It’s January. As soon as the new year hits, I have a tendency to hit the ground running. Ten days later I find myself listless and drained of the energy I worked so hard to cultivate during the holiday break. We’ve all heard the phrase, slow and steady wins the race, but it seems untrue in a society where everything screams at us to be quick and fast or risk missing out.
Perhaps it’s another year of getting older that causes me to slow down, but I’m beginning to better understand this old adage. I’ve updated it to the simple mantra: Pace Yourself.
While I am excited for what the new year could bring and eager to tackle head first the many goals I’ve set for myself this year, pacing myself becomes ever more important. I hope to keep the following in mind to help with keeping the pace.
Setting checkpoints. I consider these my opportunity to check-in and celebrate where I am in terms of achieving a larger goal. It’s easy to get lost in the rat race of striving towards the golden egg goal, but without checkpoints, it’s hard to chart your process and ultimately becomes harder to achieve the goal you originally set for yourself. Appreciating what I have accomplished and knowing the distance left to go helps keep me motivated and on track.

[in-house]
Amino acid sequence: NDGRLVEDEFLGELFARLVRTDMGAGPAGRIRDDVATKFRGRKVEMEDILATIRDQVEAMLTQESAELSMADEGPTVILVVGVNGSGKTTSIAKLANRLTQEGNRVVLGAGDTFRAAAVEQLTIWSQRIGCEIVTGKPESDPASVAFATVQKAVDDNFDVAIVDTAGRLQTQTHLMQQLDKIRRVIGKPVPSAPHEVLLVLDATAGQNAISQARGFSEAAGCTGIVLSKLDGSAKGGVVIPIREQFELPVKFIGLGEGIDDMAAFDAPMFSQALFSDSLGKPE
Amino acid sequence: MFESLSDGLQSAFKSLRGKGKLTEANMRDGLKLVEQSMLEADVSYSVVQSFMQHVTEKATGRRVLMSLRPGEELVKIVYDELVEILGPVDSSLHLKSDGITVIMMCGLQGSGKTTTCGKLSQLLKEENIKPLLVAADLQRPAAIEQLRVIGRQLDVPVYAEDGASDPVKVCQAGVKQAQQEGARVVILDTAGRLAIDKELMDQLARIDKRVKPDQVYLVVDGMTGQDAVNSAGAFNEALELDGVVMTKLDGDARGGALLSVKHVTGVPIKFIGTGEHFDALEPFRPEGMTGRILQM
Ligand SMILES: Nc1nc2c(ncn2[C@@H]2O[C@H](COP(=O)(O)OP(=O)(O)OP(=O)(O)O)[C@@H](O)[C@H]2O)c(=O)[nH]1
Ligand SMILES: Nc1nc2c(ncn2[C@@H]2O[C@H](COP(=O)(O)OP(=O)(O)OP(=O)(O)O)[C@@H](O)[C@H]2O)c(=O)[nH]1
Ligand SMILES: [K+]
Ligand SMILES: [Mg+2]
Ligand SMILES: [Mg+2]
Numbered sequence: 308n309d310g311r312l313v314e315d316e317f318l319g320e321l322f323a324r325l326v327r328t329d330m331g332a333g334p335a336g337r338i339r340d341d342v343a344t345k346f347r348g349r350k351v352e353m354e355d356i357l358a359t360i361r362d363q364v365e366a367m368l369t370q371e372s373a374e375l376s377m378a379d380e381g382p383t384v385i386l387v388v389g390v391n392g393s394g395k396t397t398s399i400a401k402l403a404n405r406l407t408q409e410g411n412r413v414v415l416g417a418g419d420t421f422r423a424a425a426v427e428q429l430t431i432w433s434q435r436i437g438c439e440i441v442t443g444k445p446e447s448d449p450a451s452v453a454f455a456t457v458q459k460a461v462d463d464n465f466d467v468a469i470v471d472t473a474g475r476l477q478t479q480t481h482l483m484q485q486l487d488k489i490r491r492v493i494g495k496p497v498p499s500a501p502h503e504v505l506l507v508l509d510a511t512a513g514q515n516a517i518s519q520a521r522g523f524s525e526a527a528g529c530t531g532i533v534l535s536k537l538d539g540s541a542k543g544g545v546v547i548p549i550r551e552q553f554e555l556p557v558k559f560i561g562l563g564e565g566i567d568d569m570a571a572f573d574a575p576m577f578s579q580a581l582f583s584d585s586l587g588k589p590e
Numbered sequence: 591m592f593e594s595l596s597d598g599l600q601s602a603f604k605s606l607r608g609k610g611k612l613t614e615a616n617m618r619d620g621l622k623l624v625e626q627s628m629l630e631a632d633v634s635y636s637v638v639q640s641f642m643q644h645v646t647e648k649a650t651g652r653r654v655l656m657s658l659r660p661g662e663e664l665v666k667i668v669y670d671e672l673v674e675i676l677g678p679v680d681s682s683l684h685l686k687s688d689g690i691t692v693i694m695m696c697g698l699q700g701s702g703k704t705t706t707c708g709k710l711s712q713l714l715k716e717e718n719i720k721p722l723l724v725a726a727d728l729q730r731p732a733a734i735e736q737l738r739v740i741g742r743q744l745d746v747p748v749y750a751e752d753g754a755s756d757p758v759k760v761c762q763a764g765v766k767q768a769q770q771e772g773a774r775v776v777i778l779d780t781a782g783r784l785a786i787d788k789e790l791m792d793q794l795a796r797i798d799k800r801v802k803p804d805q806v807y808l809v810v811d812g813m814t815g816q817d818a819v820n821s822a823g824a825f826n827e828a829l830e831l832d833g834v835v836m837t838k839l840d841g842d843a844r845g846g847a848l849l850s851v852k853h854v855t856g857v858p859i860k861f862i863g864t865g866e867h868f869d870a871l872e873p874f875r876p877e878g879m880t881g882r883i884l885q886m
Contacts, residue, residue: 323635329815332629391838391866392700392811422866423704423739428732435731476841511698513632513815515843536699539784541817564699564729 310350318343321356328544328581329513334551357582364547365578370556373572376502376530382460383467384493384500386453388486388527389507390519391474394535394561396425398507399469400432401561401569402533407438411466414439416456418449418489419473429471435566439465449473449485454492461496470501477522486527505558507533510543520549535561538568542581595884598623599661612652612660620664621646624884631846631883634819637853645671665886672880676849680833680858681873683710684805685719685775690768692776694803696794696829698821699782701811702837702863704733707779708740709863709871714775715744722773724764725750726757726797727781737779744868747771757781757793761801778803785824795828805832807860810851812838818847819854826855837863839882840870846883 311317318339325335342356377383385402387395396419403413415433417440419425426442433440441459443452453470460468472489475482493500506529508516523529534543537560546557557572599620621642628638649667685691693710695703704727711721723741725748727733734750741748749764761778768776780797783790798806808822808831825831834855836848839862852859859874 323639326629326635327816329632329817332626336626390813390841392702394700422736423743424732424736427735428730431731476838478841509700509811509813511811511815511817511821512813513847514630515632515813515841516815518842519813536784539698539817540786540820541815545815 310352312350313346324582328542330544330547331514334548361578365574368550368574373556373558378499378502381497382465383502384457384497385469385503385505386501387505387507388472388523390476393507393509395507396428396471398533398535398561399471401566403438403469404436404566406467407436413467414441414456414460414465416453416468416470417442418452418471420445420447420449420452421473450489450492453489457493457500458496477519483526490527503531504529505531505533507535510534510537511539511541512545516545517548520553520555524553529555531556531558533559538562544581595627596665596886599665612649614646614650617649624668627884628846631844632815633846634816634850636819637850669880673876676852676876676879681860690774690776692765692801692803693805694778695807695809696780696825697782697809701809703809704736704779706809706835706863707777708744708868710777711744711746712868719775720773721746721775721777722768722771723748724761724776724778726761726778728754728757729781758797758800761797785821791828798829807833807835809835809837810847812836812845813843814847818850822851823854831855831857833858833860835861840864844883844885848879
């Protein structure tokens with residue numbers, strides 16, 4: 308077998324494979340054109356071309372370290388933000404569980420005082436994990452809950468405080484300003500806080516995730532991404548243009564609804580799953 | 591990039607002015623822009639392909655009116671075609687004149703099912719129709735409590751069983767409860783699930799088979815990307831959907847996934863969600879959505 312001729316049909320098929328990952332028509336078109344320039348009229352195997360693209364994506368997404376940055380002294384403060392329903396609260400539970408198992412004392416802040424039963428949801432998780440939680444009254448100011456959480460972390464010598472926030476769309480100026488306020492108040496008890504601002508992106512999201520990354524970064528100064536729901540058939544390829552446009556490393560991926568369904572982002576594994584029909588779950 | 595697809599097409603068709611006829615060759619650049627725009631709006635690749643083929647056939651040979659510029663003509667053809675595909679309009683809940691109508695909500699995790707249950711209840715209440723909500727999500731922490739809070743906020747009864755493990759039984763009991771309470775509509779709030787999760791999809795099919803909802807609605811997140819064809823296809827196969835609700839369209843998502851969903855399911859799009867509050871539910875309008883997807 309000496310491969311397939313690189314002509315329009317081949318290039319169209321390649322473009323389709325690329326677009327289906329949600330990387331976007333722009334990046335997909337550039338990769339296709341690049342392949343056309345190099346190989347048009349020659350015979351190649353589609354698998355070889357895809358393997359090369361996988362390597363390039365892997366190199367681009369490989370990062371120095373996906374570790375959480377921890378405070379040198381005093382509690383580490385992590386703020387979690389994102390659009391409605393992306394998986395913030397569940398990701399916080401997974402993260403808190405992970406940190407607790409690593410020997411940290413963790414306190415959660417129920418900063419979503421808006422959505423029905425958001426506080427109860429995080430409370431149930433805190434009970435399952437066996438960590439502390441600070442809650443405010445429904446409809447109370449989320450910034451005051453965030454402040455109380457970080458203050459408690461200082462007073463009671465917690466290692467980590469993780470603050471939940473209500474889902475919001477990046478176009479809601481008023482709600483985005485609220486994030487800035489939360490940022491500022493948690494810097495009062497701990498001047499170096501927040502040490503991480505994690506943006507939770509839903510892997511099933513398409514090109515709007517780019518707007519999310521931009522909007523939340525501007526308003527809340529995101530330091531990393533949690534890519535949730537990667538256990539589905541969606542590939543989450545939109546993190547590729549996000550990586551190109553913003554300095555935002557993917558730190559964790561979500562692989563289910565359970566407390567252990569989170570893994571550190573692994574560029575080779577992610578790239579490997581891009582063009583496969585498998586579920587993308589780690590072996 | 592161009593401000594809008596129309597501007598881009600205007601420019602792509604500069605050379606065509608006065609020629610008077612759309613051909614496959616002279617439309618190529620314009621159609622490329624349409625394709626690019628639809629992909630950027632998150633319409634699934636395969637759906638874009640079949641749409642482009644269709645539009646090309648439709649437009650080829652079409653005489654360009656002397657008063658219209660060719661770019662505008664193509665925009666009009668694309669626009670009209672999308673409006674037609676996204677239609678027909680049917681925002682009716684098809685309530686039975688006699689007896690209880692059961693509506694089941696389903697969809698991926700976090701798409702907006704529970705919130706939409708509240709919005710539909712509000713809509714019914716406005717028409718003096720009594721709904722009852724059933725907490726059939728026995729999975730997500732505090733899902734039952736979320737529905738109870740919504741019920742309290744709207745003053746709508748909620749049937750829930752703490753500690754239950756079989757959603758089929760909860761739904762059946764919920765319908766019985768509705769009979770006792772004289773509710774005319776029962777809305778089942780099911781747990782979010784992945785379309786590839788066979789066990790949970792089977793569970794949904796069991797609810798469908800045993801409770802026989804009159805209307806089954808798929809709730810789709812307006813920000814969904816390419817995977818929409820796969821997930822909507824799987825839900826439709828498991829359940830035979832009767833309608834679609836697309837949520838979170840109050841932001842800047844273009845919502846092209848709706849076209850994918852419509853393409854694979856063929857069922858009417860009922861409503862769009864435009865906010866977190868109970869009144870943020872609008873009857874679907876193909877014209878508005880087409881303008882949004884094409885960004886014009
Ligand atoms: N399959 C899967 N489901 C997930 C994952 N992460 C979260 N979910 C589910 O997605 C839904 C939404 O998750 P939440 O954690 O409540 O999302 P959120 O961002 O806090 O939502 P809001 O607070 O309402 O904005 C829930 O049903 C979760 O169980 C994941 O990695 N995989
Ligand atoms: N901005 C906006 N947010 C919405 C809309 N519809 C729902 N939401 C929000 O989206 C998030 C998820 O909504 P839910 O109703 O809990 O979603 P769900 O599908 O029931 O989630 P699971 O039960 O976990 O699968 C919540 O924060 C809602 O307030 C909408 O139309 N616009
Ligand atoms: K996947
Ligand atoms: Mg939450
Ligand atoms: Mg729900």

Make it daily. I am no stranger to procrastination but it’s starting to sink in that waiting until the last minute to push towards a goal is more stress-inducing than exhilarating. Setting a daily schedule that incorporates goal objectives keeps me in the habit of working consistently towards the end goal.
Take a break. It’s not always easy to schedule in time to relax but making an effort to take a pause at each checkpoint to figure out what went well and what I might need to change in order to meet my end goal. Taking a break enables new ways of moving forward to emerge; I often find some of my better ideas come when I raise my head for air.
I’m committed to getting my goals accomplished this year which include things like joining and making meaningful contributions to professional organizations like ATSA, ACA, and AMHCA, opening a website, creating partnerships with other professionals, and growing myself professionally. I’ve also factored in travel, being more active, and reading more as goals. Though the later do not directly mean anything for me professionally, they allow a time to refresh, rejuvenate, and will allow me to be at my best self for the months ahead.
With 12 months in the year, it’s not worth burning out in the first two weeks. Slow and steady may just “win” the race after all.